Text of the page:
Introverted Moore a breath of fresh air for U.S. squad?

By Rex HoggardSeptember 27, 2016, 9:52 pm

CHASKA, Minn. – When Ryan Moore bolted East Lake on Sunday his travel plans were best described as open ended.

“Well, I was going to play Napa,” Moore said of his next planned PGA Tour start in California in two weeks, “but we’ll see.”

Like everyone else, Moore was waiting to find out if he’d gotten the nod from Davis Love III to play this week’s Ryder Cup.

The call came at about 7:30 p.m. (ET) as he loaded his courtesy card.

“Hey, you want to go to Minnesota next week?” Love asked.

Perhaps Phil Mickelson was correct when he suggested a few weeks back that the team, and pairings, were all but set for the U.S. team; but Moore’s play at East Lake – where he dueled Europe’s top player, Rory McIlroy, to a draw for 21 holes – and selection has made the U.S. side alter that script.

“We obviously had a group of guys that we were plugging in and out of the lineups, and that's what Phil was saying when we were finally going to get to go play golf today,” Love said.

Moore is quiet, quirky even, and doesn’t spend much time on Tour mixing with the frat brothers; which isn’t a bad thing but it does create a challenge when it’s time to start partnering up at golf’s most intense team event.

On Tuesday at Hazeltine, Moore played with Brandt Snedeker, Brooks Koepka and J.B. Holmes, although Wednesday’s practice session will likely give a clearer picture of what Love & Co. are thinking regarding pairings.

What did emerge on a cold and windy day outside Minneapolis was something of a myth buster.

Ryder Cup: Articles, photos and videos

Throughout Tuesday’s abbreviated practice round Moore mixed and mingled with ease, trading a laugh with Koepka as the group teed off on the fourth hole, talking strategy with Snedeker at the sixth and generally easing his way into the Ryder Cup experience.

“I met him in the hall last night at 4 [p.m.], and we're just guiding him to where he's supposed to be and what he's supposed to be doing next, breaking him in,” Love said. “Obviously last night in the team room, Ryan Moore and Steve Stricker weren't saying a whole lot. It was mostly Phil. That’s the way it should be, and they will both have their time to speak up.”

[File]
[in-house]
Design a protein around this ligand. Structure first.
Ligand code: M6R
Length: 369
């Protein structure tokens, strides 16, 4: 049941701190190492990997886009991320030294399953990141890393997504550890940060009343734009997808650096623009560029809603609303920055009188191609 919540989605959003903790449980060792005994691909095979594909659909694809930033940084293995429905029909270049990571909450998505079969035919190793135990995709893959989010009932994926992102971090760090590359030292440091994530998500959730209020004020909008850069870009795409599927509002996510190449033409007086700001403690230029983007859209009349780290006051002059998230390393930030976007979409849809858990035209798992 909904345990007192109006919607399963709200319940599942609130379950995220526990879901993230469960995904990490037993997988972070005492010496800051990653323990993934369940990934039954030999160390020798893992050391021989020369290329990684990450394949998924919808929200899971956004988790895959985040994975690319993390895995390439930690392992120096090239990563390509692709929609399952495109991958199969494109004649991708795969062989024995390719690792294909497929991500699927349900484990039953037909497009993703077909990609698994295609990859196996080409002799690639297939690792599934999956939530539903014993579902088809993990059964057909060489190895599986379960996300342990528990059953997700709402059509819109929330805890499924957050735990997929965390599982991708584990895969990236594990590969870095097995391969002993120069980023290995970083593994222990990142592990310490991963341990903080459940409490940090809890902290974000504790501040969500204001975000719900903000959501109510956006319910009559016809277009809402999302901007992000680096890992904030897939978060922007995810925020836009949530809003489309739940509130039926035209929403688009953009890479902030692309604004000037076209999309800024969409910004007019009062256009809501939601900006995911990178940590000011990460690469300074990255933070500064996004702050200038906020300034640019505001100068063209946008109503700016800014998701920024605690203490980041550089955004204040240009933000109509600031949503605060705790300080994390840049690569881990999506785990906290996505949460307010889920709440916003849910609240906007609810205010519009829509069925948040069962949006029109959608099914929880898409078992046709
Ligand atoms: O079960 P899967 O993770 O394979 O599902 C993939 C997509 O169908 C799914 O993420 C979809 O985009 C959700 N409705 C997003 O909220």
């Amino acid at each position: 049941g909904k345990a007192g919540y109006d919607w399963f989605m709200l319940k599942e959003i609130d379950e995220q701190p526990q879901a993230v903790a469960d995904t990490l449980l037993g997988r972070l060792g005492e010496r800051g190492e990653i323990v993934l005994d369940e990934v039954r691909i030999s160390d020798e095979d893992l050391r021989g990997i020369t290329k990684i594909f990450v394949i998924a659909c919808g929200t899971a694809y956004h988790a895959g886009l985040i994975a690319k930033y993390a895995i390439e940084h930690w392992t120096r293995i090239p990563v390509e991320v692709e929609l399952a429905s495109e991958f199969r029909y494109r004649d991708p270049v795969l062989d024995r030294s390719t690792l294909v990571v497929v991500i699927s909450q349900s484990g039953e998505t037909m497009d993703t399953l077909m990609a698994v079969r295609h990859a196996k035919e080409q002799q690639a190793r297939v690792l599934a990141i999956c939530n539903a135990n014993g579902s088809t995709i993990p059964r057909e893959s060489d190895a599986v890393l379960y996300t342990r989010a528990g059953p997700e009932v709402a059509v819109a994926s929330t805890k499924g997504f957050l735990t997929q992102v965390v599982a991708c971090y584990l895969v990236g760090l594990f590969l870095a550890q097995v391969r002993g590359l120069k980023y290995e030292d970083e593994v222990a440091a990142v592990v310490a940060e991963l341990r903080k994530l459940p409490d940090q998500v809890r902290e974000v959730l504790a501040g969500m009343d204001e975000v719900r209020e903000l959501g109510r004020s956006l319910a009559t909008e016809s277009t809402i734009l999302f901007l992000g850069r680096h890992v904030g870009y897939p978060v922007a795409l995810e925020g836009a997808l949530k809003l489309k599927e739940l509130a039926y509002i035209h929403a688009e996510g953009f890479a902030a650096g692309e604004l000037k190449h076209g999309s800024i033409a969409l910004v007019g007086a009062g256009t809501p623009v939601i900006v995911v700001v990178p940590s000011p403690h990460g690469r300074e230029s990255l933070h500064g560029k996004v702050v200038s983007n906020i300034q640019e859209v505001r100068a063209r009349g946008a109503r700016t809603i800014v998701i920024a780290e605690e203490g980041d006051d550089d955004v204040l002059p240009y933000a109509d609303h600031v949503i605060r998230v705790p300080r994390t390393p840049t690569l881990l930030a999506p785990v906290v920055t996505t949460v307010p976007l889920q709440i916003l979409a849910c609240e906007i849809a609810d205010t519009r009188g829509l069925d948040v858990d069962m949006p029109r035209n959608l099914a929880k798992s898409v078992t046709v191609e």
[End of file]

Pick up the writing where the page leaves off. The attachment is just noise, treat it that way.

But then letting Moore find his place in the U.S. team room may not be as much of a challenge as finding a partner for him.

Love referred to Moore as “Sleepy,” another Tour type went so far as to call the 33-year-old, “boring,” but his match play resume is best described as moxie.

His amateur record in match play events is a testament to whatever gene makes a good head-to-head competitor. In 2004, he won the U.S. Amateur, U.S. Public Links, NCAA Championship and Western Amateur; the single-season Grand Slam of amateur golf.

But that singular focus is born from a fierce independence and an indifference to everything and everyone around him while he’s on the clock. While those traits have served Moore well in a career that includes five Tour titles it’s not exactly a recipe for inclusion in the game’s most exclusive locker room.

“I'm not really sure how to put it. I'm anti-social, maybe,” Moore said. “I don't play golf to be best buddies and hang out and all that kind of stuff. Now, I do enjoy playing golf with people and I'm not a jerk or anything, I don't think. Well, maybe I am, I don't know.”

If all this paints a picture of a self-absorbed loner it should be noted that making a U.S. team, any U.S. team, has been a priority for Moore for years. But each year the selections came and went and he found himself watching the action from his couch.

“I've wanted to be a part of one of these events, was beginning to think it might not happen,” he said.

With so many missed opportunities Moore would be forgiven if he viewed this current cup cycle with a dollop of cynicism. He wasn’t invited to the team bonding dinner at Jack Nicklaus’ home during the Honda Classic, wasn’t on Love’s short list of potential picks until winning the John Deere Classic in August and wasn’t even fitted for a team uniform, which in a twisted way was fine with Moore.

“I’ve been fitted for every team event, I think, for about the last 10 years,” he laughed. “Every single one until this year, I had done the fitting. So I did not do the fitting this year. So apparently I'm not going to do it from now on, ever.”

In recent weeks as the pressure built, Moore seemed uninterested in the selection process and declined Love’s invitation last week to play a practice round at Hazeltine before heading to the Tour Championship. He said he needed rest, not face time with the captain and his potential teammates.